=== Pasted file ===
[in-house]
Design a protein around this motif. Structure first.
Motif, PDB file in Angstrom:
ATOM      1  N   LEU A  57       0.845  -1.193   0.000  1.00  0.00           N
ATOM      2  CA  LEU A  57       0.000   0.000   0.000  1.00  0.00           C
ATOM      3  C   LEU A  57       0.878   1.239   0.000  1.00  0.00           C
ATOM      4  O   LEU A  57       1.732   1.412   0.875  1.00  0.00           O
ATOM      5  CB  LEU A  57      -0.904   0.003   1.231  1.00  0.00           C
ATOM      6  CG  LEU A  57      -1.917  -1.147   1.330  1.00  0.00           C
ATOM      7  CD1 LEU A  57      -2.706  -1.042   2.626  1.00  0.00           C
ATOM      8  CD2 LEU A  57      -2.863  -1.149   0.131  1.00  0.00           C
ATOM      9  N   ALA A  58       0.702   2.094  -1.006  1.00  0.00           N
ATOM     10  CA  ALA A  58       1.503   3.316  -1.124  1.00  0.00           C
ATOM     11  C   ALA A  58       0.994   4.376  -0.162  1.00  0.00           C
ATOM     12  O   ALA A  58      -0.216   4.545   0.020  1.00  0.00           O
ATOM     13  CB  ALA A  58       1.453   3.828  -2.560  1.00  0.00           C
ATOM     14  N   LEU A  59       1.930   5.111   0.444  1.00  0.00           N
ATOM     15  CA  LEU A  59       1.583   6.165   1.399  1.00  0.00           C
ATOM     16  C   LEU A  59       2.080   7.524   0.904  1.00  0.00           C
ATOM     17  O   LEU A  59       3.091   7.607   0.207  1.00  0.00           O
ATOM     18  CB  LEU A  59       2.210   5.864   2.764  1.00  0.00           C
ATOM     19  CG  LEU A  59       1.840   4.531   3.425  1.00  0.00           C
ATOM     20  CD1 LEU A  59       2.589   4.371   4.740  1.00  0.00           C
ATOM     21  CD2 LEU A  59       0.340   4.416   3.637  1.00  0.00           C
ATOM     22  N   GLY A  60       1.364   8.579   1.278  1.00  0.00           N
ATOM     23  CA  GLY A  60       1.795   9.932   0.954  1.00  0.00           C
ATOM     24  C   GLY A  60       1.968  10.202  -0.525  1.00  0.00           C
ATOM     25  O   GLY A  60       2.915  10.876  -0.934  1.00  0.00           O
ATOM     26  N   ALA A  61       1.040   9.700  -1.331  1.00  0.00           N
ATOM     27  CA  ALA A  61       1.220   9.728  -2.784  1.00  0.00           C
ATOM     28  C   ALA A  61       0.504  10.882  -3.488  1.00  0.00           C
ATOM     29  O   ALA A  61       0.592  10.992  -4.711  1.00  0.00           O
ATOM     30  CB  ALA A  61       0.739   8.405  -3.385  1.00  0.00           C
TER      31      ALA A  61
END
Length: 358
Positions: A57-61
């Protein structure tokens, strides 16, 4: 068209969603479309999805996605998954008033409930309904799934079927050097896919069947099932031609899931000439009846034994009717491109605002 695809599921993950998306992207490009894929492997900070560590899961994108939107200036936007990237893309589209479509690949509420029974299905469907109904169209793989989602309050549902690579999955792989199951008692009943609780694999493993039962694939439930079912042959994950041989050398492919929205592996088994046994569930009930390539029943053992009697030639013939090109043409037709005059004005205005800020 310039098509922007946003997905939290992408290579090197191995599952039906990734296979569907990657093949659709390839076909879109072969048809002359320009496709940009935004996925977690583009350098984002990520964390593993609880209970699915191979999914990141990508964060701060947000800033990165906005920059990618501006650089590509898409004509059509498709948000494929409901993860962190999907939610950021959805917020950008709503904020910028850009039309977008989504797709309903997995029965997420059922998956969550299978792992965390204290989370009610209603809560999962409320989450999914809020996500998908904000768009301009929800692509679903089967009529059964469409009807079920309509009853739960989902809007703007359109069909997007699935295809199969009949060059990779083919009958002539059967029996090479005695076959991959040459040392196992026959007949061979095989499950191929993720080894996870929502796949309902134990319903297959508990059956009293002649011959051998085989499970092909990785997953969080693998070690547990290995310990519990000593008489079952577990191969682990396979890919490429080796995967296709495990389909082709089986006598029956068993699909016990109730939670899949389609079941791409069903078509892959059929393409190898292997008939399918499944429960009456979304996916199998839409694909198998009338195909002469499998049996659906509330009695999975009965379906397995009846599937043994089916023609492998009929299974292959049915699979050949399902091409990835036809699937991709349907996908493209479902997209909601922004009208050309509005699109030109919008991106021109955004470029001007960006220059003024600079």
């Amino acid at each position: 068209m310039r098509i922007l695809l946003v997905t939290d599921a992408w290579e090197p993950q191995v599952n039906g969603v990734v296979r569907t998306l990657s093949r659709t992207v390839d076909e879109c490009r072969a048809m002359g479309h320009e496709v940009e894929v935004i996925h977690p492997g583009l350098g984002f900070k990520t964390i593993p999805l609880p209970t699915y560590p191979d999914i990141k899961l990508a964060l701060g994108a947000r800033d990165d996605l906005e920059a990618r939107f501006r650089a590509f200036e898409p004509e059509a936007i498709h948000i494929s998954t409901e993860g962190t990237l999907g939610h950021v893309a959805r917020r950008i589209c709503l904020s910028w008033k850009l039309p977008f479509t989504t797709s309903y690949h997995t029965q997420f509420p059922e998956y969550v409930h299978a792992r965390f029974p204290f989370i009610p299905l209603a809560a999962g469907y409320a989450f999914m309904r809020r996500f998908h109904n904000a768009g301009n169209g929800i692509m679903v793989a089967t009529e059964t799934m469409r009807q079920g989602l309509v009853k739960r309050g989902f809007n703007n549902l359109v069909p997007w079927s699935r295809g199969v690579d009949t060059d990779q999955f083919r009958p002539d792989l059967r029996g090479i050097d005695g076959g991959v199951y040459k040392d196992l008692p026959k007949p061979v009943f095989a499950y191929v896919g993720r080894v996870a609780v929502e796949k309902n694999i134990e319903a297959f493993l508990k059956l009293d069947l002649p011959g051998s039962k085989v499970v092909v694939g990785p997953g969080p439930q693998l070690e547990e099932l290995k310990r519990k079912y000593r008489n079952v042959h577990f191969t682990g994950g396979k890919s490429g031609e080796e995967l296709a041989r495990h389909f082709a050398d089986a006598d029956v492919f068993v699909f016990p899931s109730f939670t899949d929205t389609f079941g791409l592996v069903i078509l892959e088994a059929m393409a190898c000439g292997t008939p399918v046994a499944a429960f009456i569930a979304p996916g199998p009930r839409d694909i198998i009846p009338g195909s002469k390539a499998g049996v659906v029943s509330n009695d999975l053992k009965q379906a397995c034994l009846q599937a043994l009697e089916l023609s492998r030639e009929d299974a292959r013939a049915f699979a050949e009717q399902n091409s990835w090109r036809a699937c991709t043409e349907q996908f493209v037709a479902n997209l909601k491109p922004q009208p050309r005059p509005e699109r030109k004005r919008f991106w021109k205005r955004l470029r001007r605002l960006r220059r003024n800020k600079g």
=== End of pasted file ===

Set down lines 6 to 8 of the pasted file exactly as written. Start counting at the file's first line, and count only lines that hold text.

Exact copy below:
ATOM      3  C   LEU A  57       0.878   1.239   0.000  1.00  0.00           C
ATOM      4  O   LEU A  57       1.732   1.412   0.875  1.00  0.00           O
ATOM      5  CB  LEU A  57      -0.904   0.003   1.231  1.00  0.00           C